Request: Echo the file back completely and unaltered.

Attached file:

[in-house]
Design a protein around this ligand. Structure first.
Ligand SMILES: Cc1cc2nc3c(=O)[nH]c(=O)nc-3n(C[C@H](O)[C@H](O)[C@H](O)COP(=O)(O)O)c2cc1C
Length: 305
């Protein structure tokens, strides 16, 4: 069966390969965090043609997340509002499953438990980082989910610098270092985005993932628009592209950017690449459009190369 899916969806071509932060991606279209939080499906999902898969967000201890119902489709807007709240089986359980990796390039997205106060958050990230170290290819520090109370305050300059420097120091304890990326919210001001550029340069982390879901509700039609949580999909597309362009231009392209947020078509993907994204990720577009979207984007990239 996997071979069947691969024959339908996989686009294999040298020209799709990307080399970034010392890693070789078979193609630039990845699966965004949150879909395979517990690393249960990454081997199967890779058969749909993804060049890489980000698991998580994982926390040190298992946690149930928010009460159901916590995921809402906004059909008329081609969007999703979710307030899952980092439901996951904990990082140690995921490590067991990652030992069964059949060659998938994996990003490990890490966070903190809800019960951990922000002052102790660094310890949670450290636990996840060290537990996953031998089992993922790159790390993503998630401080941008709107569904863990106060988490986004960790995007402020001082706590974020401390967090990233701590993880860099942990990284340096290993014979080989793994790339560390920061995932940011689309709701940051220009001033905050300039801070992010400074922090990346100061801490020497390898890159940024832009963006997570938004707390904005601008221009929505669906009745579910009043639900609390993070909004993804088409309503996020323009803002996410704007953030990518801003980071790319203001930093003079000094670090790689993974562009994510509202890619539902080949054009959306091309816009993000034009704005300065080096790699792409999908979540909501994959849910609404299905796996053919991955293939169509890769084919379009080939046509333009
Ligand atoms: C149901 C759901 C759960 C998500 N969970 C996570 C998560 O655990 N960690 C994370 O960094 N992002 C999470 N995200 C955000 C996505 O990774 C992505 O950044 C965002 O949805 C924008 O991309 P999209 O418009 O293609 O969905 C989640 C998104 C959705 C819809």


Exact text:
[in-house]
Design a protein around this ligand. Structure first.
Ligand SMILES: Cc1cc2nc3c(=O)[nH]c(=O)nc-3n(C[C@H](O)[C@H](O)[C@H](O)COP(=O)(O)O)c2cc1C
Length: 305
């Protein structure tokens, strides 16, 4: 069966390969965090043609997340509002499953438990980082989910610098270092985005993932628009592209950017690449459009190369 899916969806071509932060991606279209939080499906999902898969967000201890119902489709807007709240089986359980990796390039997205106060958050990230170290290819520090109370305050300059420097120091304890990326919210001001550029340069982390879901509700039609949580999909597309362009231009392209947020078509993907994204990720577009979207984007990239 996997071979069947691969024959339908996989686009294999040298020209799709990307080399970034010392890693070789078979193609630039990845699966965004949150879909395979517990690393249960990454081997199967890779058969749909993804060049890489980000698991998580994982926390040190298992946690149930928010009460159901916590995921809402906004059909008329081609969007999703979710307030899952980092439901996951904990990082140690995921490590067991990652030992069964059949060659998938994996990003490990890490966070903190809800019960951990922000002052102790660094310890949670450290636990996840060290537990996953031998089992993922790159790390993503998630401080941008709107569904863990106060988490986004960790995007402020001082706590974020401390967090990233701590993880860099942990990284340096290993014979080989793994790339560390920061995932940011689309709701940051220009001033905050300039801070992010400074922090990346100061801490020497390898890159940024832009963006997570938004707390904005601008221009929505669906009745579910009043639900609390993070909004993804088409309503996020323009803002996410704007953030990518801003980071790319203001930093003079000094670090790689993974562009994510509202890619539902080949054009959306091309816009993000034009704005300065080096790699792409999908979540909501994959849910609404299905796996053919991955293939169509890769084919379009080939046509333009
Ligand atoms: C149901 C759901 C759960 C998500 N969970 C996570 C998560 O655990 N960690 C994370 O960094 N992002 C999470 N995200 C955000 C996505 O990774 C992505 O950044 C965002 O949805 C924008 O991309 P999209 O418009 O293609 O969905 C989640 C998104 C959705 C819809």